[CrossRef]

Vis. Sci. (1)

L. N. Thibos, M. Ye, X. Zhang, A. Bradley, �??Spherical aberration of the reduced schematic eye with elliptical refracting surface,�?? Vis. Sci. 74, 548-556, (1997).
[CrossRef]

Vision Res. (2)

S. Marcos, SA. Burns, PM. Prieto, R. Navarro, B. Baraibar, �??Investigating sources of variability of monochromatic and transverse chromatic aberrations across eyes,�?? Vision Res. 41, 3861-71, (2001).
[CrossRef] [PubMed]

W. N. Charman and J. A. Jennings �??Objective measurements of the longitudinal chromatic aberration of the human eye,�?? Vision Res. 16, 999-1005. (1976).
[CrossRef] [PubMed]

Other (6)

P. Mouroulis, Visual instrumentation, (McGraw-Hill, 1999), Chap. 4.

Y.-L. Chen, J. W. L. Lewis, C. Parigger, "Human Eye Model Effects on Digital Retinascopic Diagnostic," in SESAPS annual meeting (Starkville, MI, DC1 2000).

BD. Moore, �??Epidemiology of ocular disorders in young children,�?? In: Moore BD, ed. Eye Care for Infants and Children. (Boston: Butterworth-Heinemann, 21-9 1997).

A. Gullstrand, �??The optical system of the eye,�?? Appendices to part 1. In: Von Helmholtz H. Physiological Optics. 3rd ed. Vols 1 and 2. (Hamburg, Voss, 350-8, 1909).

H. Von Helmholtz, Physiological Optics. 3rd ed. Vols 1 and 2. (Hamburg, Voss, 91-121, 1909).

Y. Le Grand, Optique physiologique. T. 1. Dioptrique de l�??oeil er sa correlations. English translation by El Hage SG. (Berlin, Springer-Verlag, 64-7, 1980).

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Figures (9)

Fig. 1.
Fig. 1.

Longitudinal spherical aberration (LSA) and chromatic aberrations (LCA) in different eye models. The reference wavelength in the LCA plot is 589 nm.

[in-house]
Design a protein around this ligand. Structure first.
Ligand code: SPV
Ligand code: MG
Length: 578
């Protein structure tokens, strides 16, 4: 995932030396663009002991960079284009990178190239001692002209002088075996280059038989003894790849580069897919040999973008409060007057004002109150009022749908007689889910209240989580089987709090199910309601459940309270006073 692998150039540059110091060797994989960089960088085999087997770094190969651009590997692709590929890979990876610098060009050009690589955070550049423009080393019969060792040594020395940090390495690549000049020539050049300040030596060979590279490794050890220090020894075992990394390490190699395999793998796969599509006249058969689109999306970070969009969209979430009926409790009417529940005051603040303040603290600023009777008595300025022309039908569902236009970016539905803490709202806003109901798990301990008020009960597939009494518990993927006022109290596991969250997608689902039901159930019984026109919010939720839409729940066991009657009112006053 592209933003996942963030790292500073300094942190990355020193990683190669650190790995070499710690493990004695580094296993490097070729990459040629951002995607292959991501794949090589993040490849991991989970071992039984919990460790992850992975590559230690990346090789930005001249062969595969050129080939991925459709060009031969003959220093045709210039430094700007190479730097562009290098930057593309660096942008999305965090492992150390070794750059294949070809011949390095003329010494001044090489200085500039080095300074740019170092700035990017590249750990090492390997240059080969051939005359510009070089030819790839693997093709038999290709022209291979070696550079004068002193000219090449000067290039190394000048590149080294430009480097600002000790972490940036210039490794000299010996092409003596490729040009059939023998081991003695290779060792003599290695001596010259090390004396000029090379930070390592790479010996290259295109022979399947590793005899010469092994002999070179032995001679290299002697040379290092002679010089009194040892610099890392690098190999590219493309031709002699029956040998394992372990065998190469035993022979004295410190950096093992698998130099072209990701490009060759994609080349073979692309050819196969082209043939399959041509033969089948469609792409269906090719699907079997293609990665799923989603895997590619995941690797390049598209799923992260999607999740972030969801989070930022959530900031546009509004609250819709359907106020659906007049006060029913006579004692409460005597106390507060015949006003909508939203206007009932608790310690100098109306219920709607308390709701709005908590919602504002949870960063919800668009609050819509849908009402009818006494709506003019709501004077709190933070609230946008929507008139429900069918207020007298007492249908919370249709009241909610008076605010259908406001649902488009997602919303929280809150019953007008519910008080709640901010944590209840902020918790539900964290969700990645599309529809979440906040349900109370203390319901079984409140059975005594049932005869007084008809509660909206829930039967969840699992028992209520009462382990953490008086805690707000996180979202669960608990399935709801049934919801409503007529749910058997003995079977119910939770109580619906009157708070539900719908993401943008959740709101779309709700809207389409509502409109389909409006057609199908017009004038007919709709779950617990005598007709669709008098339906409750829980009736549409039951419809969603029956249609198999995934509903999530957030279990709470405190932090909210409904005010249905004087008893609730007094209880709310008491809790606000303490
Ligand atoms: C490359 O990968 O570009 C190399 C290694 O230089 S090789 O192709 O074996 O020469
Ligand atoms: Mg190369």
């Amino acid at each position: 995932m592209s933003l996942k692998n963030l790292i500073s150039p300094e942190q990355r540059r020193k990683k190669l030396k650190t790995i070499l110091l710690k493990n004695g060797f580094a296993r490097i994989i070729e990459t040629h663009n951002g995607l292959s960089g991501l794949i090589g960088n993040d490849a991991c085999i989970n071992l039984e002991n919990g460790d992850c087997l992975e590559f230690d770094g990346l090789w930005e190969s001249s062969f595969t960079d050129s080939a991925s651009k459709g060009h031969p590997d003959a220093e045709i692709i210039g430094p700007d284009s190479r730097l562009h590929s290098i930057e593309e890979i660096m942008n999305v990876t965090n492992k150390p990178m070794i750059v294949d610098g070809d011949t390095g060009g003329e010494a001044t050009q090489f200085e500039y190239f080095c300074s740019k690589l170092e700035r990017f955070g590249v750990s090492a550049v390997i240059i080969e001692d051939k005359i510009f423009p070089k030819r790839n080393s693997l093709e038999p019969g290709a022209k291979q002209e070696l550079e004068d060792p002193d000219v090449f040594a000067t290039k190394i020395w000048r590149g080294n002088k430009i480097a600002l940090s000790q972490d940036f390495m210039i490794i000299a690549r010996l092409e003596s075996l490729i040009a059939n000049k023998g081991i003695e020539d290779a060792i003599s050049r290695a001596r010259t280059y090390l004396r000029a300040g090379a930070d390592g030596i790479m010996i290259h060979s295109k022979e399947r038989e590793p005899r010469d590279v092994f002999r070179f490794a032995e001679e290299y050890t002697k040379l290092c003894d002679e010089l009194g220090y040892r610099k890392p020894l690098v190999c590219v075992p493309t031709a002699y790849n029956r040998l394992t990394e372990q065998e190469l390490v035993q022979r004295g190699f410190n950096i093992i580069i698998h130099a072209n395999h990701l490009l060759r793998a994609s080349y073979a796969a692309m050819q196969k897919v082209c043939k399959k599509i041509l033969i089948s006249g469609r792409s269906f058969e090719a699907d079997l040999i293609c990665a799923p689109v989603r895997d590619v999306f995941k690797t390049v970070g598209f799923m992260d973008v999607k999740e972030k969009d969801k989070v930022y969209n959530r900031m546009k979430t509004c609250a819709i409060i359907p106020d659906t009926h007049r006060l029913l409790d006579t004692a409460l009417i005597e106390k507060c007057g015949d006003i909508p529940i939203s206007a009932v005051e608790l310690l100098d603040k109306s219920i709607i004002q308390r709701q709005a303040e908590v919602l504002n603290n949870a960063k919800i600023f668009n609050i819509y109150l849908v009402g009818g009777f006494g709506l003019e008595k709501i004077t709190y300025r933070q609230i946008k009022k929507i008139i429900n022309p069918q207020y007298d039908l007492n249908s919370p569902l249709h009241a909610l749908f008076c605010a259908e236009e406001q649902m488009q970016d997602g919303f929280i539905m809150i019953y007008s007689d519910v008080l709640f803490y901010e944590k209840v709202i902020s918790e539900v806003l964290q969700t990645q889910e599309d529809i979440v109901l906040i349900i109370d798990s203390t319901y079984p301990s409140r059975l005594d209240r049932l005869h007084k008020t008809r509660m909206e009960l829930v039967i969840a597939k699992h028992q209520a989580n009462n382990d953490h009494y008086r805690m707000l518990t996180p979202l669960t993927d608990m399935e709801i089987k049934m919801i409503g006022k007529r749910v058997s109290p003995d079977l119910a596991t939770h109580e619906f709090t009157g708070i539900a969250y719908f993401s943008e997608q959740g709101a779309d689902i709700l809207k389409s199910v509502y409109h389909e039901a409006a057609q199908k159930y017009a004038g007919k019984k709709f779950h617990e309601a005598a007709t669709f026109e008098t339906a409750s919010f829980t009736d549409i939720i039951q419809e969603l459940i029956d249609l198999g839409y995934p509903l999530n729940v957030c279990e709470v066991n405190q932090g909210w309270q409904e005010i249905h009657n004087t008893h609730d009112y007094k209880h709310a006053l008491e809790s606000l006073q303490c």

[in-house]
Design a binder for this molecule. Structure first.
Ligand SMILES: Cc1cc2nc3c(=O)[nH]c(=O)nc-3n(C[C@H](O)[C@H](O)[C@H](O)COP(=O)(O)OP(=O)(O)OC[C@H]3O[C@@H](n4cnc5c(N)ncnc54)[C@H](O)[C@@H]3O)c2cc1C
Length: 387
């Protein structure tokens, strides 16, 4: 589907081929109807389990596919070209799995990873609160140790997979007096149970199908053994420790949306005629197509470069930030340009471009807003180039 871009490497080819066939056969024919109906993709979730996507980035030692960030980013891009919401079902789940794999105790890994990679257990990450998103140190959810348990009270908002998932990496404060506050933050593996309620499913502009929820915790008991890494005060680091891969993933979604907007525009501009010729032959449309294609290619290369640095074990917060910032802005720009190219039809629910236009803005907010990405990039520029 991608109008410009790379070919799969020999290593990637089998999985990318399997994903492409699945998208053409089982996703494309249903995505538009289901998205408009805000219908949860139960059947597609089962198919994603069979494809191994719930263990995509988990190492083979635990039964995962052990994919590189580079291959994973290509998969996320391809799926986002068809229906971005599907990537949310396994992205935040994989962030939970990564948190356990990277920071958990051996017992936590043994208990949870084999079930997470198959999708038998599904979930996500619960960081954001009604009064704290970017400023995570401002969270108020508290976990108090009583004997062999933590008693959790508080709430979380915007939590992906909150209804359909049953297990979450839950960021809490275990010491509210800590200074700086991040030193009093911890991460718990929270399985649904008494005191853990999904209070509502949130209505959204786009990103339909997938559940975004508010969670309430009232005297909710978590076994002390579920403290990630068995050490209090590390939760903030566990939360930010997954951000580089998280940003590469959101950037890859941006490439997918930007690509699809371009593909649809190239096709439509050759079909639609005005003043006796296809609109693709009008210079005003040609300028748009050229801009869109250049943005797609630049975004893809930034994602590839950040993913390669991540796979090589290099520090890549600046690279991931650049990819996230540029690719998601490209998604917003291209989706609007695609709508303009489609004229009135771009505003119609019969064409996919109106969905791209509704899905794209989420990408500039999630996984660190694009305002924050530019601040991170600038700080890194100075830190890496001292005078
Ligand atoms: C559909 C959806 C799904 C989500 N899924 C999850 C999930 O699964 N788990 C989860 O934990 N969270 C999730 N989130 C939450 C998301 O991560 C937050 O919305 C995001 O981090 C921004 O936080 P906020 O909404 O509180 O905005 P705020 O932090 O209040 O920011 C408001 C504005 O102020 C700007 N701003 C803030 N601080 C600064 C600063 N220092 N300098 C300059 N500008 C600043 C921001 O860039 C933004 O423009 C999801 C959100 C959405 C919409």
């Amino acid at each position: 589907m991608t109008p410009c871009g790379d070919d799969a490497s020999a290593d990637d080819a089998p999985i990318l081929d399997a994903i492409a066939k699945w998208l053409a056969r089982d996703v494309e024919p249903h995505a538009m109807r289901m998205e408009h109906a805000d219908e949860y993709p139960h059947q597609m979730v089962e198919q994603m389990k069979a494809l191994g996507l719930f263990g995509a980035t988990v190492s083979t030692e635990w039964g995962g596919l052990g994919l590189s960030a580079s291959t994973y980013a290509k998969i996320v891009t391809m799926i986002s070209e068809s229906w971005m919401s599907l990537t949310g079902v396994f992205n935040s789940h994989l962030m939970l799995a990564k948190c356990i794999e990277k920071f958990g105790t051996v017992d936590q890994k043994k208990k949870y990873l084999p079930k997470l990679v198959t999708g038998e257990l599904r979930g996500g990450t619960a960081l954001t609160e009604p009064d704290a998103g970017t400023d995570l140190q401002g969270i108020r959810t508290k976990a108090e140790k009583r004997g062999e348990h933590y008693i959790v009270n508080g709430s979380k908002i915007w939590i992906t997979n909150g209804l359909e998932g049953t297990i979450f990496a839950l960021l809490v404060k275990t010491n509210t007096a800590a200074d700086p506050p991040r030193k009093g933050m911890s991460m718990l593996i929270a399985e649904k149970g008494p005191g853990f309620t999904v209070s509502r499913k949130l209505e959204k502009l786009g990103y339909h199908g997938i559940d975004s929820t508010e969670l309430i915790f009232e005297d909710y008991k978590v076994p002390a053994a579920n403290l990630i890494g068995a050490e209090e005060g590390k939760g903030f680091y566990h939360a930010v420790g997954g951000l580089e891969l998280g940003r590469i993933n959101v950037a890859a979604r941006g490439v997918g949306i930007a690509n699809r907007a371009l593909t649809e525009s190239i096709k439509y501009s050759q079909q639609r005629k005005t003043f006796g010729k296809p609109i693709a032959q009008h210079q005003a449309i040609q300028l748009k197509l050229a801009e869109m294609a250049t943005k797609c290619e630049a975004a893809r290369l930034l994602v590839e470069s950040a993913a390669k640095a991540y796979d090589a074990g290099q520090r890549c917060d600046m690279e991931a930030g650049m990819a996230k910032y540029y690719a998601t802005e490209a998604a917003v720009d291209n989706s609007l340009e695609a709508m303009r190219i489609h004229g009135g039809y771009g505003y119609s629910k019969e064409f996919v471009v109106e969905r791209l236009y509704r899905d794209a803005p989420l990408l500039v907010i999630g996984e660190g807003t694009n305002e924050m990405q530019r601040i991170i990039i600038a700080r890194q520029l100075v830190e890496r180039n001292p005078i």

Fig. 2.
Fig. 2.

Power of the virtual lens used to produce refractive prescription of model eye.

Fig. 3.
Fig. 3.

Simulated photorefraction images with pupil diameters from 7 mm to 3 mm (top to bottom). From left to right, the refractive errors are indicated at the bottom.

Fig. 4.
Fig. 4.

Comparison of CDZ shift in photorefraction with 4 published measurements of ocular chromatic aberration and eye model. All data are adjusted vertically to have a zero value at the reference wavelength of 589 nm.

Fig. 5.
Fig. 5.

Simulation results of photoretinoscope images using Navarro, Arizona, and Liou eye models. From left to right are eyes with refractive error of +10 to -10 diopters. The irradiance levels in all calculation results are related.

Fig. 6.
Fig. 6.

Slope profiles from the simulation results of Fig. 5. The forms, or shapes, and the magnitudes of the irradiance profiles are similar within the 3 models’ result except for the shifted in refractive power (CDZ position) and the width of insensitive zone (dark zone). These differences are results from the monochromatic aberrations inherited with the eye models.

Fig. 7.
Fig. 7.

Experimental data using iScreen photoretinoscope. Upper row: original photographs. The iris, pupil, and the 1st Purkinje image from cornea in each photograph are circled using a target-finding program. Second to forth row: Intensity distribution of the original data in red (2nd row), green (3rd row) and blue (4th row).

Fig. 8.
Fig. 8.

Experimental data taken from a Caucasian using iScreen photoretinoscope. Upper row: original photographs. The iris, pupil, and the 1st Purkinje image from cornea in each photograph are circled using a target-finding program. Second to forth row: Intensity distribution of the original data in red (2nd row), green (3rd row) and blue (4th row).

Fig. 9.
Fig. 9.

Tear waves appeared after blinking eyes may cause interference patterns in photorefraction measurement.

Tables (1)

Tables Icon

Table 1. Parameters used in the construction of the three eye models along with Gullstrand model.